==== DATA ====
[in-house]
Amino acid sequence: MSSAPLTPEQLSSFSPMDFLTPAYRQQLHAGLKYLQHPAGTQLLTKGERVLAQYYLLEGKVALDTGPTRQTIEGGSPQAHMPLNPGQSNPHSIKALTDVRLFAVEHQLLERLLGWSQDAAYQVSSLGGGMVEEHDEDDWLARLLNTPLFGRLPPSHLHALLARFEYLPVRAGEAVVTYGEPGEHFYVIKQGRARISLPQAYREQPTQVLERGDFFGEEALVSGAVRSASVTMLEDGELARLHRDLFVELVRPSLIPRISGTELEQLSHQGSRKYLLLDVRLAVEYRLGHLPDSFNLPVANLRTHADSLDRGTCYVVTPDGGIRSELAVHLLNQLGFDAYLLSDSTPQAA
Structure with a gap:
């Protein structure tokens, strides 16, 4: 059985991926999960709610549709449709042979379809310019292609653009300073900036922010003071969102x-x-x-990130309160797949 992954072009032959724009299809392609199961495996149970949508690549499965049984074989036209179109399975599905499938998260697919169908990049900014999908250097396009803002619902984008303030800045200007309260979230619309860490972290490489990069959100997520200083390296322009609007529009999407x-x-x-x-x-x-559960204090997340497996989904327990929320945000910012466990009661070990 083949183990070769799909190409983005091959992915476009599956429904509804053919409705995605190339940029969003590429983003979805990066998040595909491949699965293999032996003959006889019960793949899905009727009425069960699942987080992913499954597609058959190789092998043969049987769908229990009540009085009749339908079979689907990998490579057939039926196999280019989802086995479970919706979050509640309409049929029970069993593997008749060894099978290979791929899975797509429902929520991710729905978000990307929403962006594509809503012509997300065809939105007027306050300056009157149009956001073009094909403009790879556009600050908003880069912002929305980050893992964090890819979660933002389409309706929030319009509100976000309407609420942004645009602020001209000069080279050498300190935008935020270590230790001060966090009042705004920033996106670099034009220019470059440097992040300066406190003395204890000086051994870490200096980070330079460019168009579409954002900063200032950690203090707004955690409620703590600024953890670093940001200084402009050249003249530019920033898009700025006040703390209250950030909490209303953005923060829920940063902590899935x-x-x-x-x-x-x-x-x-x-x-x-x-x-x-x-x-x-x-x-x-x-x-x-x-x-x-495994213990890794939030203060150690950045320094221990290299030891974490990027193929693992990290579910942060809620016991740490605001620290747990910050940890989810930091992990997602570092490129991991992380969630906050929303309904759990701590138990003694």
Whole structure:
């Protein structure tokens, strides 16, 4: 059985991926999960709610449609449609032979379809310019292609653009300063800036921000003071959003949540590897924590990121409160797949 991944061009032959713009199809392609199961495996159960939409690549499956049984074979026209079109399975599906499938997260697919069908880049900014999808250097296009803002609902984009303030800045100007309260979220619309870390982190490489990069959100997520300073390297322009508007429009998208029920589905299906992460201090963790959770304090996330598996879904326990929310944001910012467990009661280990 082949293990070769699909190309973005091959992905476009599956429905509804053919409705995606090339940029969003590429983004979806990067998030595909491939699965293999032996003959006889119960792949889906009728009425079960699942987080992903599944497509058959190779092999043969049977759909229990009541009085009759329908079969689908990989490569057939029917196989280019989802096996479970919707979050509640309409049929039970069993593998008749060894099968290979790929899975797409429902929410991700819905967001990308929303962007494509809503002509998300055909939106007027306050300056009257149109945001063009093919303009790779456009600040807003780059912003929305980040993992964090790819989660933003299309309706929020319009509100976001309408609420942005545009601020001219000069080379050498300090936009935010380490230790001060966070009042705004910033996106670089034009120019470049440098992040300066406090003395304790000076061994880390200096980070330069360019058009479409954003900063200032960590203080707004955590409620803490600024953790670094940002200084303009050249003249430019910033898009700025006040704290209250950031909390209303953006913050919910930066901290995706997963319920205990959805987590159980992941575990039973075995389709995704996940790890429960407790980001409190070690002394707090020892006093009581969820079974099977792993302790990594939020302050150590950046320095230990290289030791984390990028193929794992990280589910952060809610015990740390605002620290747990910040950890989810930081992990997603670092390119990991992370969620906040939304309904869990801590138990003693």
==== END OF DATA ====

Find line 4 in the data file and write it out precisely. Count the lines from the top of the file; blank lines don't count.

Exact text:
């Protein structure tokens, strides 16, 4: 059985991926999960709610549709449709042979379809310019292609653009300073900036922010003071969102x-x-x-990130309160797949 992954072009032959724009299809392609199961495996149970949508690549499965049984074989036209179109399975599905499938998260697919169908990049900014999908250097396009803002619902984008303030800045200007309260979230619309860490972290490489990069959100997520200083390296322009609007529009999407x-x-x-x-x-x-559960204090997340497996989904327990929320945000910012466990009661070990 083949183990070769799909190409983005091959992915476009599956429904509804053919409705995605190339940029969003590429983003979805990066998040595909491949699965293999032996003959006889019960793949899905009727009425069960699942987080992913499954597609058959190789092998043969049987769908229990009540009085009749339908079979689907990998490579057939039926196999280019989802086995479970919706979050509640309409049929029970069993593997008749060894099978290979791929899975797509429902929520991710729905978000990307929403962006594509809503012509997300065809939105007027306050300056009157149009956001073009094909403009790879556009600050908003880069912002929305980050893992964090890819979660933002389409309706929030319009509100976000309407609420942004645009602020001209000069080279050498300190935008935020270590230790001060966090009042705004920033996106670099034009220019470059440097992040300066406190003395204890000086051994870490200096980070330079460019168009579409954002900063200032950690203090707004955690409620703590600024953890670093940001200084402009050249003249530019920033898009700025006040703390209250950030909490209303953005923060829920940063902590899935x-x-x-x-x-x-x-x-x-x-x-x-x-x-x-x-x-x-x-x-x-x-x-x-x-x-x-495994213990890794939030203060150690950045320094221990290299030891974490990027193929693992990290579910942060809620016991740490605001620290747990910050940890989810930091992990997602570092490129991991992380969630906050929303309904759990701590138990003694």